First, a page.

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This article was published 15/10/2019 (614 days ago), so information in it may no longer be current.
For a country diagnosed with voter apathy, Maddison Yetman may be the antidote.
The 18-year-old Manitoban who found out Friday she has terminal, inoperable cancer has posted a social media video from her hospital bed, urging people to vote.
"This is my last chance to make a difference," she said on a social media post Tuesday that’s been shared thousands of times. "Please share this with your network and get out and vote!"
In the video, the slight young woman with short hair and glasses holds up signs explaining her terminal diagnosis and what's important to her in her final days: voting in the Oct. 21 federal election.
"If I can find the time to vote, you can find the time to vote," are the only words Yetman utters aloud in the video that had been viewed more than 300,000 times by late Tuesday evening.
This is my last chance to make a difference. Please share this with your network and get out and vote! #whatsyourexcuse @justinpjtrudeau @andrewjscheer @jagmeetsingh @MaximeBernier @liberalca @cpc_hq @ndp @peoplespca @CanadianGreens #cdnpoli #Elxn43 #canpoli pic.twitter.com/xxfXxuOrEf— Maddison (@MaddiYet) October 15, 2019
The bed-ridden teen, who was told she has just days or weeks left to live, was not up for media interviews, said family spokesman Brent Williamson.
Yetman wants to spend the time she has left with her parents and loved ones, said Williamson, her uncle who works at Global News Winnipeg and helped her with the video.
The University of Winnipeg anthropology student grew up in Lorette, and has been politically active for years, he said.
"From junior high on, she really had strong political views and made sure everyone in her life knew what they were," said Williamson. "She’s a strong-willed young lady and she had her sets of beliefs and she's going to get them across."
"She’s a strong–willed young lady and she had her sets of beliefs and she's going to get them across." –Family spokesman Brent Williamson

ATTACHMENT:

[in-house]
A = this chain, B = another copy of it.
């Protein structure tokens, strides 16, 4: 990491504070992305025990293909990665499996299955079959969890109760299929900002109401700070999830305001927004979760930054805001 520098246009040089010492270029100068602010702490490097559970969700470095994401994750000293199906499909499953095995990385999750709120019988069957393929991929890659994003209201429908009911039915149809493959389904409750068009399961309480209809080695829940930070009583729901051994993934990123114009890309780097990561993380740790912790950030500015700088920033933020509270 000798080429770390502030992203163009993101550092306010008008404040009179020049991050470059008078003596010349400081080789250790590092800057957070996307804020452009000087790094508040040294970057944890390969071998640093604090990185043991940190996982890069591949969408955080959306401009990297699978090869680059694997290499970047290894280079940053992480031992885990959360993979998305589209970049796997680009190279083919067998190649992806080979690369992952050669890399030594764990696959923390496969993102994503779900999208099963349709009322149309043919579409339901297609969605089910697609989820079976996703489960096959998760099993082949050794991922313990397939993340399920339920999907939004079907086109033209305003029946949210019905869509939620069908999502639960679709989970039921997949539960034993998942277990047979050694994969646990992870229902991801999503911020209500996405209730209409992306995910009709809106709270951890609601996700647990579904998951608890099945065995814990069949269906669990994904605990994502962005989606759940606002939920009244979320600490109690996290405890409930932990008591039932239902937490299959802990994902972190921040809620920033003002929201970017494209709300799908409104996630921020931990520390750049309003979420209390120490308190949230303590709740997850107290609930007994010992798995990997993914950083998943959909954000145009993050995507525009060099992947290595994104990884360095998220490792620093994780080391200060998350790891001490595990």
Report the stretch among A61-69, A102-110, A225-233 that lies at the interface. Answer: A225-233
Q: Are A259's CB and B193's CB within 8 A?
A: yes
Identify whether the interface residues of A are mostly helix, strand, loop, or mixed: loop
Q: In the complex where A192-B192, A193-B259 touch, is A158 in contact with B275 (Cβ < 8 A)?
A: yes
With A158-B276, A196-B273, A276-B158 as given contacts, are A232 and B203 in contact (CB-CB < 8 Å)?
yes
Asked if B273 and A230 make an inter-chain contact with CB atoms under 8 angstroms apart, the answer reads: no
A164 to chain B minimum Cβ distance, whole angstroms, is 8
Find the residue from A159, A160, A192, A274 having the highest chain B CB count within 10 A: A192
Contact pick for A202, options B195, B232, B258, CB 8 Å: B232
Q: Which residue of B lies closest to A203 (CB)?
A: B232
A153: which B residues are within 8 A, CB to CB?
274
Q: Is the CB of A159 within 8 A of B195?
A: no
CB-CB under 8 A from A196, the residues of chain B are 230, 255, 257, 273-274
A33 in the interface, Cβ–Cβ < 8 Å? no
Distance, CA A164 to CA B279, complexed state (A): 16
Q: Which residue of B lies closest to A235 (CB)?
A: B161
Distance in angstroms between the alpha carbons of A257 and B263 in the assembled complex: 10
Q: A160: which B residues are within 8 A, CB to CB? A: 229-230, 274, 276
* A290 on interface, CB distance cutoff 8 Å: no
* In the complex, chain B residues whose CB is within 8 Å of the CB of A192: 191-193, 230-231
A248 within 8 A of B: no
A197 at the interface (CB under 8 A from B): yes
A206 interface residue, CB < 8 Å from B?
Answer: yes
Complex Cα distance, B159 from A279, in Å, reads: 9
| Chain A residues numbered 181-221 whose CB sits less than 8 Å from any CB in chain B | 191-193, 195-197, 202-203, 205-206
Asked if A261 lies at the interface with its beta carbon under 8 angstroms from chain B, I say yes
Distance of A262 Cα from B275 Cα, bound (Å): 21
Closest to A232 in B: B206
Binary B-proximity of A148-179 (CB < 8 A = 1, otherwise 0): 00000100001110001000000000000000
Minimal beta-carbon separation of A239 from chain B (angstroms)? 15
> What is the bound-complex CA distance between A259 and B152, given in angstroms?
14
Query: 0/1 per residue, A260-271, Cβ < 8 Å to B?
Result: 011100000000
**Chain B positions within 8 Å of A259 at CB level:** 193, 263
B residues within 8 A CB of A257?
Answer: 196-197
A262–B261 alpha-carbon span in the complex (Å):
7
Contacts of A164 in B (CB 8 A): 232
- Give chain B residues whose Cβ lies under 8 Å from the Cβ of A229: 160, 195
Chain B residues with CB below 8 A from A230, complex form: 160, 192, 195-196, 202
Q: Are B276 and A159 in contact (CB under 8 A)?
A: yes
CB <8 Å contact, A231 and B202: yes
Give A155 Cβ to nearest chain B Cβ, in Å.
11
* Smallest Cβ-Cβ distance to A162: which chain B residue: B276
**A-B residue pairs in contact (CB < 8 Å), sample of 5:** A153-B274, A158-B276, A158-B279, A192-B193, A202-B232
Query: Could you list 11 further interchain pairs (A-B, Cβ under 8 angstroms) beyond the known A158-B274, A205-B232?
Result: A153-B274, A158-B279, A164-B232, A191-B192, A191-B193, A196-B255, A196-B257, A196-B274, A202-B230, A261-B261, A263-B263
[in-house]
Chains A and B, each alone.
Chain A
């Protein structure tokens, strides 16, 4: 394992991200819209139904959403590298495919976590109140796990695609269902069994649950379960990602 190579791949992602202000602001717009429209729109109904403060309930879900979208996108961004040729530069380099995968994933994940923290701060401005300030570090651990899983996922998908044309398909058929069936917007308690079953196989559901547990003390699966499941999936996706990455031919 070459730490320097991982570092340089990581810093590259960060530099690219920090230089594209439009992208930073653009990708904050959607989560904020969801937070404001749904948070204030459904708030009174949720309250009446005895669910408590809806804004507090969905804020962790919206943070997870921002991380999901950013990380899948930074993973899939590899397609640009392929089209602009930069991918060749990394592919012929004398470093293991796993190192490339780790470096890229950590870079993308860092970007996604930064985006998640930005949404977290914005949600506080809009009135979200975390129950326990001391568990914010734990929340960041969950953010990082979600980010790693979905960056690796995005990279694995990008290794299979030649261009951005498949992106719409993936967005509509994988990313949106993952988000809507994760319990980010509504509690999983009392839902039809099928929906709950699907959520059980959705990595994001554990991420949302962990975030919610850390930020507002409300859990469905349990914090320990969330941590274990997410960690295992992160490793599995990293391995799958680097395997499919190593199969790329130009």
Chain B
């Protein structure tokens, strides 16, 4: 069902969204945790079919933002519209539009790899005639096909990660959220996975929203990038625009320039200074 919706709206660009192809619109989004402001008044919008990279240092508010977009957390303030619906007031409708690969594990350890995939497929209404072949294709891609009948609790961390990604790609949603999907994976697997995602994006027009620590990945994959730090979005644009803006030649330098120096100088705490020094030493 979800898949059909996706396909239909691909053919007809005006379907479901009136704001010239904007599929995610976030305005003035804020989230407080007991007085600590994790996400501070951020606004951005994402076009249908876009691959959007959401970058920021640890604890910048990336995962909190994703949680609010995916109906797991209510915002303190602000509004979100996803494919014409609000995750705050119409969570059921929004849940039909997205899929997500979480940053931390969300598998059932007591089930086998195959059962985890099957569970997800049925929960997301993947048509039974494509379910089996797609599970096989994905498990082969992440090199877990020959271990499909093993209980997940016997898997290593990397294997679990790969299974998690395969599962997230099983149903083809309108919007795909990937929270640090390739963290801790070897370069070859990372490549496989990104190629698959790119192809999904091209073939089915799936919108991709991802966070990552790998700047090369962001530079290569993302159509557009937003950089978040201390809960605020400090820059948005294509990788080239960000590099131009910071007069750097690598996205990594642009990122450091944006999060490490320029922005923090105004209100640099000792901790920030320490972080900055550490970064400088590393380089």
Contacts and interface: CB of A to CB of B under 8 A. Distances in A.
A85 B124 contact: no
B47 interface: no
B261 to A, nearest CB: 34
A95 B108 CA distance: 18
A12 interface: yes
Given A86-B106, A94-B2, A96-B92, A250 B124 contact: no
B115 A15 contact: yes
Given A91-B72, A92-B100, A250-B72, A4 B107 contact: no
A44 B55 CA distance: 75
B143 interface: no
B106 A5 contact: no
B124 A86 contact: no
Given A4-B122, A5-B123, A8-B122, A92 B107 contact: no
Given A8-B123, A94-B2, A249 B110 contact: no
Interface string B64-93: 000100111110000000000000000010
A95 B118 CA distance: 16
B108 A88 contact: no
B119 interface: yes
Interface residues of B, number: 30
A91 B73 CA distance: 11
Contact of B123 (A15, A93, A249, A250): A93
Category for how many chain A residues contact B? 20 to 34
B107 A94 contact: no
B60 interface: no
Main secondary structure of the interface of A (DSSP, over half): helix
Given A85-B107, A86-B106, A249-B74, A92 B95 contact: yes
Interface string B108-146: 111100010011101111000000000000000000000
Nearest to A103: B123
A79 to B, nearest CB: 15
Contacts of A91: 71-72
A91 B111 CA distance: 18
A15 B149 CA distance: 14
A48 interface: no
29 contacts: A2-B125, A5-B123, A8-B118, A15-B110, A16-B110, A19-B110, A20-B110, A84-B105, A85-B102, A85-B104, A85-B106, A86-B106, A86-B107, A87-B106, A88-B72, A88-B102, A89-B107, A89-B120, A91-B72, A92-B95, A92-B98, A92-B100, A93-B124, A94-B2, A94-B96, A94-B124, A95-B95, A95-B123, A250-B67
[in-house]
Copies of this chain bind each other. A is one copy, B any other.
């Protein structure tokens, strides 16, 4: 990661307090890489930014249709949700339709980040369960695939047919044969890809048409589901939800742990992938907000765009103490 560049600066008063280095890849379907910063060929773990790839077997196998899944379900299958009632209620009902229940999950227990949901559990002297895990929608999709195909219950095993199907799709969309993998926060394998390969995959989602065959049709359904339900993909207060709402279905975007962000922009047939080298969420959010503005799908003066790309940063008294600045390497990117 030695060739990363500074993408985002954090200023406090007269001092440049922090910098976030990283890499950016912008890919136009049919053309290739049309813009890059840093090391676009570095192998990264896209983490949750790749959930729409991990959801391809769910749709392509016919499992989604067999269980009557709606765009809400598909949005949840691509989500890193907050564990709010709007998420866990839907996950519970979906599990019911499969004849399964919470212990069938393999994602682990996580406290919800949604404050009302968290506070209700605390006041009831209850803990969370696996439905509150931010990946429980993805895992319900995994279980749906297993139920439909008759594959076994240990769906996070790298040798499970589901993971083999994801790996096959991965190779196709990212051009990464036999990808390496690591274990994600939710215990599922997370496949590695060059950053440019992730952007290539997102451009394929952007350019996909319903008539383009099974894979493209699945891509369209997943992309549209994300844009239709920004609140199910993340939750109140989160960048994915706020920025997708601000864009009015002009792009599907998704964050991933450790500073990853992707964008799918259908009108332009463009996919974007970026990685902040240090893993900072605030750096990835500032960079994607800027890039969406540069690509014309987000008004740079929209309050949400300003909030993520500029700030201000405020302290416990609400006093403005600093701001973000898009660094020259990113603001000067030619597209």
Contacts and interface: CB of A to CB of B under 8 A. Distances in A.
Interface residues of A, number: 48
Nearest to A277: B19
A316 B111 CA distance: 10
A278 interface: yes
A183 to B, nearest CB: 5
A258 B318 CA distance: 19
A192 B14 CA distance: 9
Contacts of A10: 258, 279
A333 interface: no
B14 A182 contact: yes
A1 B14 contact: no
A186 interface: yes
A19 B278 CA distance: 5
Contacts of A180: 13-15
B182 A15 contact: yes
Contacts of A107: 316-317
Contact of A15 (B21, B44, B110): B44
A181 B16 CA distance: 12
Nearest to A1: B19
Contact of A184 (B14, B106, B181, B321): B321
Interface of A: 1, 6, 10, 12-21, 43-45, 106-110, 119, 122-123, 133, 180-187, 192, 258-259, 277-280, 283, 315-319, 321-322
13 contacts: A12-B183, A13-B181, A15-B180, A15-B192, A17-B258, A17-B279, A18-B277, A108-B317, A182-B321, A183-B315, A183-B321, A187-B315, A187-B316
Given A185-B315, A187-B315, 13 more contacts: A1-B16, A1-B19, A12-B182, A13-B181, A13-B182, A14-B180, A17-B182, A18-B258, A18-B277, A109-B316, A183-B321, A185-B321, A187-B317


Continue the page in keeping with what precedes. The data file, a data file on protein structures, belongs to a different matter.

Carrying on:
After turning 18 in November, Yetman voted in the Sept. 10 provincial election, and was planning to vote federally Oct. 21.
On Oct. 6, she went to the hospital with aches, back pain and strange bruising, Williamson said.
"It escalated really quickly. Within three hours of getting to the hospital, she couldn't walk," he said. "Within five or six hours, they gave us the cancer diagnosis. Five days later... they told us it was terminal and it wasn't curable.
"Two hours after the diagnosis, we were in the hall and she says, 'I'm going to vote in that damn election no matter what happens.'"
On the weekend, Elections Canada workers were at Winnipeg's Health Sciences Centre to give patients the opportunity to vote.
"Her parents woke her up to vote," said Williamson.
Elections Canada says eligible electors who are hospitalized during the election period can register and vote by special ballot from their hospital room. Patients were told in advance the date and time when their voting would happen, said Natasha Gauthier with Elections Canada.
"In this scenario, an election officer visits each room and helps patients fill out their application," Gauthier said in an email.
"They can also help the patient cast their ballot, if needed. Like any elector, patients still need to prove their identity and address."
After casting her ballot, Yetman summoned the strength and courage to urge others to vote, too.
"It shows how much it meant to her — it's an indicator of how much it should mean for everyone else," said Williamson. "There's nothing we can do for her, but this is something we can do: we helped her with the video."
He marvelled at his gravely ill niece's determination to rally Canadians to exercise their right to vote.
"She lit up when we talked about the idea for the video," Williamson said. "Thirty per cent of Canadians take it for granted, and here you've got a young kid who is going to get to vote in one federal election and was not going to miss the opportunity.
"It's pretty inspirational."
After 20 years of reporting on the growing diversity of people calling Manitoba home, Carol moved to the legislature bureau in early 2020.